Legislature may sidestep English-education order
The Arizona Republic
Jun. 15, 2007
Jessica Coomes and Matthew Benson
Senate President Tim Bee said the Legislature may not officially adjourn this
summer, a maneuver to sidestep a federal court order to fund English-language
learner education adequately before the close of session.
Thus far this session, lawmakers have shown no signs of complying with U.S.
District Judge Raner C. Collins' order. They're now asking that he not enforce
his order until their appeal is heard.
At issue in the 15-year-old case is education funding for the state's 160,000
students struggling to learn English. Collins has called the state's funding for
those students insufficient and arbitrary, even fining the state
$1 million a day at one point. But the Republican-led Legislature has fought his
rulings and responded with charges of judicial interference.
The latest maneuver being considered, that of recessing the session to dodge the
court order, doesn't sit well with the attorney representing the plaintiffs in
"I consider that a violation of the court order, and I think the court would, as
well," said Tim Hogan of the Arizona Center for Law in the Public Interest.
Bee said he and House Speaker Jim Weiers also have discussed calling lawmakers
back to the Capitol for a special session devoted to English-learner education
later this year.
Three months ago, Collins told lawmakers they had until the end of the session
to provide adequate funding for English-language learners, which would cost the
state at least $150 million next year.
Some lawmakers don't feel compelled to act this session because the state has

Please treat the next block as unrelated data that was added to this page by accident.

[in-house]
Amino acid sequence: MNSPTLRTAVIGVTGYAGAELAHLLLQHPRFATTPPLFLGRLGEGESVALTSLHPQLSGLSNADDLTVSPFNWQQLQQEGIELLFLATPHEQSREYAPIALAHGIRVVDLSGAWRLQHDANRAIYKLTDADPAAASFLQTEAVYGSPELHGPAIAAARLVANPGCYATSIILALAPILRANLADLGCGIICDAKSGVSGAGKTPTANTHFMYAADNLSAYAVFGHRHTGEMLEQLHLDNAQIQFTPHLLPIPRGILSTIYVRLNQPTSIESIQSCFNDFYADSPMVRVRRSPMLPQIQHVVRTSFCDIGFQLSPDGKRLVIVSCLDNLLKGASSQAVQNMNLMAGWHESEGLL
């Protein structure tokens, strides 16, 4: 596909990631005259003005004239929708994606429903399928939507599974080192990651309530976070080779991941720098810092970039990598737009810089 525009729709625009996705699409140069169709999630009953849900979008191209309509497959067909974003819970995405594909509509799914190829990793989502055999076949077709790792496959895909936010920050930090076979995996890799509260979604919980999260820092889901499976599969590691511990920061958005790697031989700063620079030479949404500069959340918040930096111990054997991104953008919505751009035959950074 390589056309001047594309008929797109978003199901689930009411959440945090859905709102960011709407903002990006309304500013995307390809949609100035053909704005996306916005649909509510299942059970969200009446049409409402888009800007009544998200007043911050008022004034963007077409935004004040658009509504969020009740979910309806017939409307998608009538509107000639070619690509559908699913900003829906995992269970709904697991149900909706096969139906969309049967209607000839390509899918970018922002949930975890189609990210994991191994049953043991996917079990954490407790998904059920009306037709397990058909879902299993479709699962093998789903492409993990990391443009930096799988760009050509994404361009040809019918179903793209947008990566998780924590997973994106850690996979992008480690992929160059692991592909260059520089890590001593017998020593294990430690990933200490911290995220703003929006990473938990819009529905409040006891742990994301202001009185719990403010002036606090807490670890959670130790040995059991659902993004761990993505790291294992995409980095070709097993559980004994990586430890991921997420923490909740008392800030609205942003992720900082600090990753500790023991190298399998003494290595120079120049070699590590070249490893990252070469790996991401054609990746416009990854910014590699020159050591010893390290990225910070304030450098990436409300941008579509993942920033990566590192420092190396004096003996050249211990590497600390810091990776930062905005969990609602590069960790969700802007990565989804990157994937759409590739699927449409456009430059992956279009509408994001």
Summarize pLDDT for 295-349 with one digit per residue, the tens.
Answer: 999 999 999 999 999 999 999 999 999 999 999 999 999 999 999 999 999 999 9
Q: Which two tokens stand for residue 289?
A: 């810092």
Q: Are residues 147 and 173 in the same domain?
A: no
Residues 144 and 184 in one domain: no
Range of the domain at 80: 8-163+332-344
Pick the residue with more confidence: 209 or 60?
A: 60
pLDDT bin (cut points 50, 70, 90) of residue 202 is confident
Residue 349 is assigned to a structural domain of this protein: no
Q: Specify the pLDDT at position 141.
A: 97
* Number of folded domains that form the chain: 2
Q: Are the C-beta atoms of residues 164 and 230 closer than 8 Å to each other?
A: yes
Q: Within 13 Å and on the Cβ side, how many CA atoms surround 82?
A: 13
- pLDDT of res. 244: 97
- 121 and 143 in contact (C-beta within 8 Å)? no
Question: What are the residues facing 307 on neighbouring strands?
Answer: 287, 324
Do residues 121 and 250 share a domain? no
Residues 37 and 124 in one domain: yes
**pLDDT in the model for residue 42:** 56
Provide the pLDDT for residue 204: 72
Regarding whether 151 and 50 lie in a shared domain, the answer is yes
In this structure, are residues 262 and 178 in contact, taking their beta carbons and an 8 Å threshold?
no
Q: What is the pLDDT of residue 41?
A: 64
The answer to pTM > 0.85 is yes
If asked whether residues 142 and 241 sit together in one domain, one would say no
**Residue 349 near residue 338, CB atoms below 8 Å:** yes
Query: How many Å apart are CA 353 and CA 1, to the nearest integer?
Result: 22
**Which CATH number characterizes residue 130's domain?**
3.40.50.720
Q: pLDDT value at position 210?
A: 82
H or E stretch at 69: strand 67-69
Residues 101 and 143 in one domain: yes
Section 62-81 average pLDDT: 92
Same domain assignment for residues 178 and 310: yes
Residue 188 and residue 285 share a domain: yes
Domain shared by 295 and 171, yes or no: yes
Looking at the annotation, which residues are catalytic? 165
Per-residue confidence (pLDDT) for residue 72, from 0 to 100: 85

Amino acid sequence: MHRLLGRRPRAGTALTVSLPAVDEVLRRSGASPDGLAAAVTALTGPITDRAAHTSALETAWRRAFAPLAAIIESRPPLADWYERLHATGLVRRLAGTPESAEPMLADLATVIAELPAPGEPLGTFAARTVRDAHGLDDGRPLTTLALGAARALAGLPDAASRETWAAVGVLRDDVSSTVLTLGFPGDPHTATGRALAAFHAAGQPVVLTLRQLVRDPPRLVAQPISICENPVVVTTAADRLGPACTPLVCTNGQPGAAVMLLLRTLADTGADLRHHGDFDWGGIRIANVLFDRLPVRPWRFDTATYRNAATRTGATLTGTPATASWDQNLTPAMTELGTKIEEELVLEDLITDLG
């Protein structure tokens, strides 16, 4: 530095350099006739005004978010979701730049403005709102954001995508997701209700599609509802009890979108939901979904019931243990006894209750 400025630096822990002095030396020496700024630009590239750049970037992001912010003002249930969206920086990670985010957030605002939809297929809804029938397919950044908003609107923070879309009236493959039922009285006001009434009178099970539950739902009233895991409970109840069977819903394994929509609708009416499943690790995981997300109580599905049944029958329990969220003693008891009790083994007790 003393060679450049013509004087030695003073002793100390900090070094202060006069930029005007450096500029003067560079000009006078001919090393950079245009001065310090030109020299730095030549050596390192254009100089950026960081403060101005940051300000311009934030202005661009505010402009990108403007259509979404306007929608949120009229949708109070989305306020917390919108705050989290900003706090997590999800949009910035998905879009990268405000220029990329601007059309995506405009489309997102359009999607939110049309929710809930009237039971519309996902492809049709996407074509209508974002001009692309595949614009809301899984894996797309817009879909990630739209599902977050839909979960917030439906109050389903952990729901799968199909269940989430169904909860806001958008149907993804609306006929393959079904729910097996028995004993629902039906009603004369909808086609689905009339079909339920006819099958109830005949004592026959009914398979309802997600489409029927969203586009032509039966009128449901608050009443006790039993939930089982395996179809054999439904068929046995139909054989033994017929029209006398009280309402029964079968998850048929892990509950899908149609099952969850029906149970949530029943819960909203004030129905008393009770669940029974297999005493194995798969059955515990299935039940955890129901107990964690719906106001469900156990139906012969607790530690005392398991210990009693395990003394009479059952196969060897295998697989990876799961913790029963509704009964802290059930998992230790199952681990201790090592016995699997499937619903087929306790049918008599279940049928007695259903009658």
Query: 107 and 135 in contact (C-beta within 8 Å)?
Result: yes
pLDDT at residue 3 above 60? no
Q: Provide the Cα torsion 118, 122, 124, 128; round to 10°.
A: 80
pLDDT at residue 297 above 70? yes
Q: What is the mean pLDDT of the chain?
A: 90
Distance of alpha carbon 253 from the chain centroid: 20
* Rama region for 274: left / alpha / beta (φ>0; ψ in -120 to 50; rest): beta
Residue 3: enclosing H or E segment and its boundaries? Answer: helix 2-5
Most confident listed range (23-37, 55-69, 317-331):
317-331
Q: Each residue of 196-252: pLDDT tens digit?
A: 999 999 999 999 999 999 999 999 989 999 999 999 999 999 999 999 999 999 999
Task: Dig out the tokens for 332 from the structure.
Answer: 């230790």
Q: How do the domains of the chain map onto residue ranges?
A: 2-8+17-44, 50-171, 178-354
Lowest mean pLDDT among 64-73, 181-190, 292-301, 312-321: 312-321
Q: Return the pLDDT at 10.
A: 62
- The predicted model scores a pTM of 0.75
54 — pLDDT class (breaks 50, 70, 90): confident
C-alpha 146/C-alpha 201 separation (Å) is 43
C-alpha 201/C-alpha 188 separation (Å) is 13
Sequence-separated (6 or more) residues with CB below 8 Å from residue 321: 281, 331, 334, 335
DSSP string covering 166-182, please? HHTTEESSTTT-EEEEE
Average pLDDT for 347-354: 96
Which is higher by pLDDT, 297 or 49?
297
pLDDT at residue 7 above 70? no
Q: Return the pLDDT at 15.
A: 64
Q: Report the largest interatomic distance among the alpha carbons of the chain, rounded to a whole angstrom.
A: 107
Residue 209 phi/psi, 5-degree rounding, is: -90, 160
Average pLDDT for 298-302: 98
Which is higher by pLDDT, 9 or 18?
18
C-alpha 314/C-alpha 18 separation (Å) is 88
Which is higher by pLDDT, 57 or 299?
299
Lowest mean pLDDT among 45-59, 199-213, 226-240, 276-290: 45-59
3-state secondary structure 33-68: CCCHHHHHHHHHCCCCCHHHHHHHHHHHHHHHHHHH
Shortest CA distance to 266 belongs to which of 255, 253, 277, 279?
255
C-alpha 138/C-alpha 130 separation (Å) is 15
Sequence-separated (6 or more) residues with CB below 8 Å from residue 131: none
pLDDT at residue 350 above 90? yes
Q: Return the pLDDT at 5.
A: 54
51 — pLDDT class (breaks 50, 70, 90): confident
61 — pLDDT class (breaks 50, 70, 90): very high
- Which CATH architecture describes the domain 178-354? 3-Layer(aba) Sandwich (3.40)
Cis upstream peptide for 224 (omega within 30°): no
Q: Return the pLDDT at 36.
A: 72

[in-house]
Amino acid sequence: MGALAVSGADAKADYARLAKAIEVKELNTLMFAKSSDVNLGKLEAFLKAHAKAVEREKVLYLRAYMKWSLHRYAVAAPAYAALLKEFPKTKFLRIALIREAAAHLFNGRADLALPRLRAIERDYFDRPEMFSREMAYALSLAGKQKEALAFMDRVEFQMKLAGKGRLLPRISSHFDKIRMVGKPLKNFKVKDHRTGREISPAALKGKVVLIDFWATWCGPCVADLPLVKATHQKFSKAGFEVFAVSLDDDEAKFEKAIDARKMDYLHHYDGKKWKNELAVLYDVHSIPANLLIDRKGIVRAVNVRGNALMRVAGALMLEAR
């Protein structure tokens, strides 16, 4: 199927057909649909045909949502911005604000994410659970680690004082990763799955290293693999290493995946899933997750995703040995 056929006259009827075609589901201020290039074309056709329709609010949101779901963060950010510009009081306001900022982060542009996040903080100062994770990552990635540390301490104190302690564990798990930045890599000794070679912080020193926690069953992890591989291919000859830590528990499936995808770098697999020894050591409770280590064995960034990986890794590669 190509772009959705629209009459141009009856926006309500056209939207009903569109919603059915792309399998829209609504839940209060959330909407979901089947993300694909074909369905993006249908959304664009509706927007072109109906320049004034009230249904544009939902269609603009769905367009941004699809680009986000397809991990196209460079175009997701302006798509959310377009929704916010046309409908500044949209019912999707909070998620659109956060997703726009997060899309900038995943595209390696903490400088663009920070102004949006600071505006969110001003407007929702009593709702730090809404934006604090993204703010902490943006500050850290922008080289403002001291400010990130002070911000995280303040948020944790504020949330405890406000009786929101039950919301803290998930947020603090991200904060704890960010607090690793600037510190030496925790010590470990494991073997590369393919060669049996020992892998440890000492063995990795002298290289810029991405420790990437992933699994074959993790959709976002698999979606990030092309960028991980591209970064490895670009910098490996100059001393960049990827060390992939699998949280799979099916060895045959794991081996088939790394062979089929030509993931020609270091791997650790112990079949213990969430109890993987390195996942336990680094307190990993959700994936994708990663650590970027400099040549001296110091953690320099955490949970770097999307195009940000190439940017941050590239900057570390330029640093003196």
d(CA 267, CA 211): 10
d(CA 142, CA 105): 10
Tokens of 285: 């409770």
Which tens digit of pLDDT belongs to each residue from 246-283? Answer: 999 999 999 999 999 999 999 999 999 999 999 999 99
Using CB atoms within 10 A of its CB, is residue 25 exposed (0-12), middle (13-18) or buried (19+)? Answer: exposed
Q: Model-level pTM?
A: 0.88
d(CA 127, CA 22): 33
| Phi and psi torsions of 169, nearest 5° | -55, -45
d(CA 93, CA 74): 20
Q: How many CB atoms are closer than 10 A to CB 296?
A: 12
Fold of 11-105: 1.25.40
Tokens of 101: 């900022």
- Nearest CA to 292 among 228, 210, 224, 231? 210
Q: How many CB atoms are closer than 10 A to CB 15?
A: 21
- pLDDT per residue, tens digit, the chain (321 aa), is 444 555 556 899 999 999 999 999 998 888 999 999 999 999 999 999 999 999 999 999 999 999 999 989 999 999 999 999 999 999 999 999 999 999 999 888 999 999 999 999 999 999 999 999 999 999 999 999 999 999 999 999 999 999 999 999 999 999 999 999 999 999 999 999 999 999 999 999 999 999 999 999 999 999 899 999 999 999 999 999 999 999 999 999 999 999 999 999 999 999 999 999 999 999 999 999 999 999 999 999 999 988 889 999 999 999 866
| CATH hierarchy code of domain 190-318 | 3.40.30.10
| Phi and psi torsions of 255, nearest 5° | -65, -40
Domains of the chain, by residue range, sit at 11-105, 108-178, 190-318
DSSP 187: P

asked the judge to hold off on enforcing his order until the case is appealed.
Collins hasn't ruled yet on that request.
"Absent a decision from the court . . . our options would be either to keep the
session open until we hear from the court, which could be months - or sine die
(end the session) and come back to a special session," said Bee, R-Tucson.
Sen. John Huppenthal, R-Chandler, said the Legislature would be acting properly
by holding a special session later this year.
"If the court was serious about this, they would've denied the stay," he said.
But if the Legislature doesn't act by the end of the current session, Hogan
promised, "I'll be in court the next day.
"We'll ask for sanctions, but I don't yet know what they'll be."
Collins may impose fines, as he did last year, or hold lawmakers or state
officials in contempt of court.
The judge may look more favorably upon the no-adjournment maneuver if it's done
with the intent of calling lawmakers back to the Capitol in the weeks ahead for
a special session.
Still, the looming deadline concerns Sen. Jay Tibshraeny, R-Chandler, who
wonders if he and his colleagues could be held in contempt.
"This has big ramifications for all 90 of us down here," he said.
Tibshraeny said he thinks the English-language learners issue already has been
addressed, "but the fact remains, we have a court order."
Rep. David Lujan, D-Phoenix, who's also the president of the Phoenix Union High
School District Governing Board, has been pushing for funding and is
disappointed no progress was made this session.
"If we don't come up with extra money, we're in violation of a court order,"
Lujan said. "I'm definitely worried."